I didn’t make it to Burning Man this year due to my travels through Asia. Still though, I wanted to celebrate Burning Man and all it’s done for me. In a move of solidarity for those who are on the playa, and to ease my own withdrawals, my dad assisted me with building a man of my own.

The Man from Burning Man

The beautiful thing about The Man is that he can represent anything you want him to. Whatever you might want to see burn and get what’s coming to it, is The Man. As burners, our whole week builds to this moment. For some people this can be “the man” (aka the government). Other people see The Man as the evil in the world.

This year, my man represents hesitation, oppression, and fear. These are things that can go down in flames.

With plenty of kerosene, he burned.

Homemade Burning Man
All of the labels I had given him burnt away, leaving me lighter and free.

I look forward to what adventures the new me will take on next year. Thank you, Burning Man and your people, for helping me shatter my shell and find my true self.

If you were at Burning Man, what do you think The Man would represent for you?

-Zoom

 

 

 

 

15 Comments

  • Reply

    Cassey

    September 4, 2016

    oooo…it looks quite spiritual for me, coming from a Christian background.

    • Reply

      Zoom

      September 5, 2016

      I’m coming from the same background…and you totally hit the nail on the head 🙂 Very spiritual indeed!

  • Reply

    florfullo0714

    September 5, 2016

    The burning man represents our frustrations and fears deep inside. It may be spiritual but for me burning it is like releasing your inhibitions.

    • Reply

      Zoom

      September 5, 2016

      OooOOooOO I hadn’t thought of it that way…I love it! Thanks for sharing that 🙂

  • Reply

    Marce mndza

    September 5, 2016

    Truth I feeling like you sometimes. I think is all we need. Be free

  • Reply

    Evelynn Moon

    September 6, 2016

    I love you that you made your own burning man, you have one cool dad!

    • Reply

      Zoom

      September 6, 2016

      I’m very lucky that he understands how important it is too me 🙂 I’ll tell him he’s getting public approval LOL!

  • Reply

    katrinajeancarter

    September 6, 2016

    Honey…..This article MOVED me. Over 2 weeks ago, I was faced with the reality of what I had become. I decided to take a break off intense physical training and focus on doing mental workouts to strengthen my mind, give it a refresh, and clear out anything that has been holding me and my loved ones back from living a better, authentic life. 2 weeks have gone and it has done so much wonders for me–I questioned myself as to why I even stopped doing that regularly in the first place!! I completely understand when you said you wanted to live there forever and how reality is intriguing now but your bff certainly made a good point. This week will be my first week back to training. I am excited but moreso excited about life in general as I tackle it with a wiser mindset. Thank you for sharing. Next time, I want to have the guts to just dance anywhere, anytime too. I was a stage dancer all my life but never had to guts to do it just for fun. lol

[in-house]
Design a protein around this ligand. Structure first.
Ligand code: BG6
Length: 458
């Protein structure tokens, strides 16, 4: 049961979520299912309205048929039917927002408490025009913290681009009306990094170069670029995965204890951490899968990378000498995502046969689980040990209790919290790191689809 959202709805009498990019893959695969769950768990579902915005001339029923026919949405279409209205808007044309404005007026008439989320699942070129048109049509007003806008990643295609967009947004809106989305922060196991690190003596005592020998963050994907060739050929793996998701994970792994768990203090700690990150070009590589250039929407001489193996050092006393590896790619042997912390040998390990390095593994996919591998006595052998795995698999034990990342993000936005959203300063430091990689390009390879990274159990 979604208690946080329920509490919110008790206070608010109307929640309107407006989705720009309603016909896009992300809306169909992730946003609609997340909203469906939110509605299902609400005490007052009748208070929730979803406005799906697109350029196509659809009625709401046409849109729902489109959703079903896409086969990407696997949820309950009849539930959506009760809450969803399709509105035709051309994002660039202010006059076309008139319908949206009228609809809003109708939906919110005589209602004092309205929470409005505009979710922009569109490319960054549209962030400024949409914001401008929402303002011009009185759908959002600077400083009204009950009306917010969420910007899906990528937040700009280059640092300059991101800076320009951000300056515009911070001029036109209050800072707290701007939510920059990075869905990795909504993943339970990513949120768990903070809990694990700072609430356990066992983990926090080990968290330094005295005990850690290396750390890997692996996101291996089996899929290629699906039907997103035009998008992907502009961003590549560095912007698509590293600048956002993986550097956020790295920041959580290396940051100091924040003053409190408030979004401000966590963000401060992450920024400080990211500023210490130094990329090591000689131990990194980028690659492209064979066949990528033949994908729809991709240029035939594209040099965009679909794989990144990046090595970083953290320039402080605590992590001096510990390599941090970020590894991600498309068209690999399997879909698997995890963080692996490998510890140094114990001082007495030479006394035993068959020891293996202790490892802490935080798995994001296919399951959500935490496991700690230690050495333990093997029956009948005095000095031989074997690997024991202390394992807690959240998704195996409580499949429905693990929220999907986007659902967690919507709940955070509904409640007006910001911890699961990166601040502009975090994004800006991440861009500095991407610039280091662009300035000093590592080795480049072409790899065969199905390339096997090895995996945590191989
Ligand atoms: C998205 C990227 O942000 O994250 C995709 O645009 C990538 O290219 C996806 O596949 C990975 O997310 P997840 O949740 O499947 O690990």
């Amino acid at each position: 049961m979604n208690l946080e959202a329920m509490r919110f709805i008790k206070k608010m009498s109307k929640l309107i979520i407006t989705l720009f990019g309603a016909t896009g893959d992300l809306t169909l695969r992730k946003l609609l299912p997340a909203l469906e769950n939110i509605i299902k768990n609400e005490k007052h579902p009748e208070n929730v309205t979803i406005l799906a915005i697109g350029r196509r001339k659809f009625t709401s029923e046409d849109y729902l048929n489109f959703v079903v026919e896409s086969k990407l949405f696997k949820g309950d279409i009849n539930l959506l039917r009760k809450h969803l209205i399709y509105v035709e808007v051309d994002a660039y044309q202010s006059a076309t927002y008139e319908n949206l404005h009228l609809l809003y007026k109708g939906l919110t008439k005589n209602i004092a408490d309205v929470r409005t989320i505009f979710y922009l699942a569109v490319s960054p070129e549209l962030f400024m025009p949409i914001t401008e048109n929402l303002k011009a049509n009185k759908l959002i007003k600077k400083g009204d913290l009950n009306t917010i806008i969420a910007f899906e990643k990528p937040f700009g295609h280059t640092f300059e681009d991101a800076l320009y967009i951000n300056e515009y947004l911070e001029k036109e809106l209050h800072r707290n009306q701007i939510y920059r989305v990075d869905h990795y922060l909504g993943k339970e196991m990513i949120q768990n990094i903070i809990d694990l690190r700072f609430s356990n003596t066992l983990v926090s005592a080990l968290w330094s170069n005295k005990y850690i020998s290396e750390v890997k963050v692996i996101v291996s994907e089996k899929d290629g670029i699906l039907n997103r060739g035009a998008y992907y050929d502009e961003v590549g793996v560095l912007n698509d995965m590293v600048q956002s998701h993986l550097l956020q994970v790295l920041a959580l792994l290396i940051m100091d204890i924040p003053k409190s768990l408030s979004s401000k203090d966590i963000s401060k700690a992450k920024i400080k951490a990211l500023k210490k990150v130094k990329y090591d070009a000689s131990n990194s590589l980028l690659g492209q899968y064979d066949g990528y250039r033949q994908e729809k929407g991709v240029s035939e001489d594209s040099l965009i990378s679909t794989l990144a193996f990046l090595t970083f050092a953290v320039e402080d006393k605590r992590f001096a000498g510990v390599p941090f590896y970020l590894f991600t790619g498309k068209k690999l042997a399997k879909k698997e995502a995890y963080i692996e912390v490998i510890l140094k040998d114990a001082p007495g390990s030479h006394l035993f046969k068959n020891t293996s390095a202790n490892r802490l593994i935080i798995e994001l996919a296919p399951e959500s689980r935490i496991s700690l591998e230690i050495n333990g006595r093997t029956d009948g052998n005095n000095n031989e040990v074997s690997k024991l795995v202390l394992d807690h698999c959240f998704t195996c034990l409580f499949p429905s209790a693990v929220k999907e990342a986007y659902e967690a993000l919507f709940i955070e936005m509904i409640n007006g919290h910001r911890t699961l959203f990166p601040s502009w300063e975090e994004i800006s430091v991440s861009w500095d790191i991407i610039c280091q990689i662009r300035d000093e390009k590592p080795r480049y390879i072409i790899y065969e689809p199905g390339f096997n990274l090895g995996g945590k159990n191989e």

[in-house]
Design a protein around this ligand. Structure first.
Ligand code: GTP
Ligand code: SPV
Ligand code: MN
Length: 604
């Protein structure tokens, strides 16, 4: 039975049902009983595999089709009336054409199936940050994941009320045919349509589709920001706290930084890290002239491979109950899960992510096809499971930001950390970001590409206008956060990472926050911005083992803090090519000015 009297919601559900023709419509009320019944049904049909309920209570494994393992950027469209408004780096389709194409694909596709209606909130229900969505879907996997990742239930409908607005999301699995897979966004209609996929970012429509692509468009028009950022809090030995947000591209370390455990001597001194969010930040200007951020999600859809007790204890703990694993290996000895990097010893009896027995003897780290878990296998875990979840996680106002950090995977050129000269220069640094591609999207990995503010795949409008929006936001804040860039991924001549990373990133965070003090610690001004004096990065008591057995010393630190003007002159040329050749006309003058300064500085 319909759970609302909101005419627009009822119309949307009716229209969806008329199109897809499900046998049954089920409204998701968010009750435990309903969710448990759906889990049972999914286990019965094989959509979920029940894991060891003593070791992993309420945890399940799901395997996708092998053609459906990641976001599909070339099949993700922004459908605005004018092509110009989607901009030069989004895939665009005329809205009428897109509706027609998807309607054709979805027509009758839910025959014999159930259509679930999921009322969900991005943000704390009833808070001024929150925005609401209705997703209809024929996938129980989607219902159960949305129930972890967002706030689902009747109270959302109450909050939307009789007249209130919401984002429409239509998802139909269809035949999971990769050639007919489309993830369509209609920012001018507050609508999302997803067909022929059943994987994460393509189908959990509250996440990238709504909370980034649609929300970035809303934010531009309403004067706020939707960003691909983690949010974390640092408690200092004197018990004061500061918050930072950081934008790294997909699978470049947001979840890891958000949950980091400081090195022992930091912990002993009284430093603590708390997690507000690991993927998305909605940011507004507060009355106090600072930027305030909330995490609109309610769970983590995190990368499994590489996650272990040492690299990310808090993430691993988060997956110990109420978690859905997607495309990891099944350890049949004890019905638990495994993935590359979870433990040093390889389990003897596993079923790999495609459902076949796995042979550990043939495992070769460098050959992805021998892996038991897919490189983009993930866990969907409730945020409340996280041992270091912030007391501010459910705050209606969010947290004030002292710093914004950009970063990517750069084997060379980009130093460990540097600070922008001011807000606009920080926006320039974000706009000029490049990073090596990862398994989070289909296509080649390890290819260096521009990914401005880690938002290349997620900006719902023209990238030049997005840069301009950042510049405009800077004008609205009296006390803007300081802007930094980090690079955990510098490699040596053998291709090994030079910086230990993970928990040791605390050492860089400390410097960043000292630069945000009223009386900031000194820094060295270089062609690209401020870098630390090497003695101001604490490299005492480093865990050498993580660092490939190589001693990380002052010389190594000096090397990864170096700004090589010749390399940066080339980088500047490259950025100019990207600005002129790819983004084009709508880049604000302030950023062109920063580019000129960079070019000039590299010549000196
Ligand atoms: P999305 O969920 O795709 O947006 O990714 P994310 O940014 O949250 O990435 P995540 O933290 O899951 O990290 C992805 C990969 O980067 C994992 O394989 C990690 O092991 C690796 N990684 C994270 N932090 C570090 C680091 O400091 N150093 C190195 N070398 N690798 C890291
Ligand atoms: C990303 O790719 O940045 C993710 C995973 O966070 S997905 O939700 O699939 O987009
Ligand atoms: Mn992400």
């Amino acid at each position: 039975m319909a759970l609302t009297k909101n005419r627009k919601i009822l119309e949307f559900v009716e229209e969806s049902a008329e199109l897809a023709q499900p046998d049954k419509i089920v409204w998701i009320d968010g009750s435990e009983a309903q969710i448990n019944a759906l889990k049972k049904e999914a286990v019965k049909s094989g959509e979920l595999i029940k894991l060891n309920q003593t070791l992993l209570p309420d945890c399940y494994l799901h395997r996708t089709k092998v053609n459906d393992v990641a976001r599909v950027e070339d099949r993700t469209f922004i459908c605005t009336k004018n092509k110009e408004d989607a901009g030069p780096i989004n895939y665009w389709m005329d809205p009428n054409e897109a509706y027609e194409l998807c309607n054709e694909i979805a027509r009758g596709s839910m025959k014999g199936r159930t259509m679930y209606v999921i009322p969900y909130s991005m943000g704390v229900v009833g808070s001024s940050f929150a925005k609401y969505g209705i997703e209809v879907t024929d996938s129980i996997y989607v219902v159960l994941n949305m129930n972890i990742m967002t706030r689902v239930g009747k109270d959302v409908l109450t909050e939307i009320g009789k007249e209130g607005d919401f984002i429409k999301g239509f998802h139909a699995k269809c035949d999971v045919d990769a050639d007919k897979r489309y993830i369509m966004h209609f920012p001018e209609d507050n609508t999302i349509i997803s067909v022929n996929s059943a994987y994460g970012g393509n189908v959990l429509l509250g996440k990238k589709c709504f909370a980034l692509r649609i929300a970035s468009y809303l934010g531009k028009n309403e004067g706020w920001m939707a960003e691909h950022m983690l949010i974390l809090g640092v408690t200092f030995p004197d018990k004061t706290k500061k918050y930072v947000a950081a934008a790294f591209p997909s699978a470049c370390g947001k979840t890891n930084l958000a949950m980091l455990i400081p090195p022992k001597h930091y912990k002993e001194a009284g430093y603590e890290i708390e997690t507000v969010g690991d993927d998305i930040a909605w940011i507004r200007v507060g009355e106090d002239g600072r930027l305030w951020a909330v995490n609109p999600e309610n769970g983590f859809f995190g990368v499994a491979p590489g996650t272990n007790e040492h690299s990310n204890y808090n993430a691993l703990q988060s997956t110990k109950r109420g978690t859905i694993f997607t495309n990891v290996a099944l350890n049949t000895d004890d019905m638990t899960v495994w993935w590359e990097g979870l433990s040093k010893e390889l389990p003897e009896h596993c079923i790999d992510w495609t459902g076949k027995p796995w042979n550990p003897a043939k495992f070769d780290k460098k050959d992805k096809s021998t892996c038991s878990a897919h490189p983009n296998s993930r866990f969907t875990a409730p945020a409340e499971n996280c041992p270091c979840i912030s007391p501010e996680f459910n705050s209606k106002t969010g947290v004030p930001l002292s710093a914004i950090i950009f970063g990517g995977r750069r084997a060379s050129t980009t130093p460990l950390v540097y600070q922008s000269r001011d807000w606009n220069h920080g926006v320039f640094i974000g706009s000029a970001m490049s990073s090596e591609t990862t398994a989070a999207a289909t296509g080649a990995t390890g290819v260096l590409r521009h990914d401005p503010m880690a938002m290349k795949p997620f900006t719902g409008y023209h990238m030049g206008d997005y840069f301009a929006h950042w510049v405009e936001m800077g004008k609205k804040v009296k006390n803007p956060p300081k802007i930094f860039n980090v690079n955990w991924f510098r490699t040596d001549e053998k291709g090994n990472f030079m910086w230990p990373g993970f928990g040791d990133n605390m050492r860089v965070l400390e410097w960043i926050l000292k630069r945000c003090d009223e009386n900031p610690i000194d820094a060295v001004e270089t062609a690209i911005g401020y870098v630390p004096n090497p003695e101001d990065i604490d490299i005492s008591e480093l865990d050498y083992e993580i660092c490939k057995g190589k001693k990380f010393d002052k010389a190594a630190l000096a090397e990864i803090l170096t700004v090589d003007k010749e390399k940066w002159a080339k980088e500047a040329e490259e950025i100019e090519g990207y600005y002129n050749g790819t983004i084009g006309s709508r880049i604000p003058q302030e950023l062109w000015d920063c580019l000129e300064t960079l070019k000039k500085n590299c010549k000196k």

• Reply

    Elien

    September 7, 2016

    This is so spiritual! I liked reading this article, you’re really talented you know.
    Love your style of writing.

  • Reply

    Sheena

    September 7, 2016

    I totally get what you saying about the complete disconnect and like you I just took a leap of faith (which is still ongoing as I live out here) but it has done a world of good for me. Never been to Burning Man but would love to go from reading this post

  • Reply

    Funke olotu

    September 7, 2016

    You’re very great with words!! Such a great post

    • Reply

      Zoom

      September 7, 2016

      Aw shucks girl, thank you! 😀

  • Reply

    Susan

    September 9, 2016

    Hi, thanks for writing about Burning Man. Without your posts I would have kept thinking it was just a big hippie party in the desert. There is so much more to it and it has a valuable message. I think we all have obstacles we want to overcome. Burning them away sounds like a great annual release.

    • Reply

      Zoom

      September 10, 2016

      That’s exactly what I thought it was too, until I went for myself. SOOOOOOO much more that than. I hope you get to go someday, it’s very cathartic. <3 Thanks for leaving me a comment Susan!

  • Reply

    Susan

    September 12, 2016

    You’re welcome! It’s a lot of fun reading your posts. You are a good writer.

Don't be shy!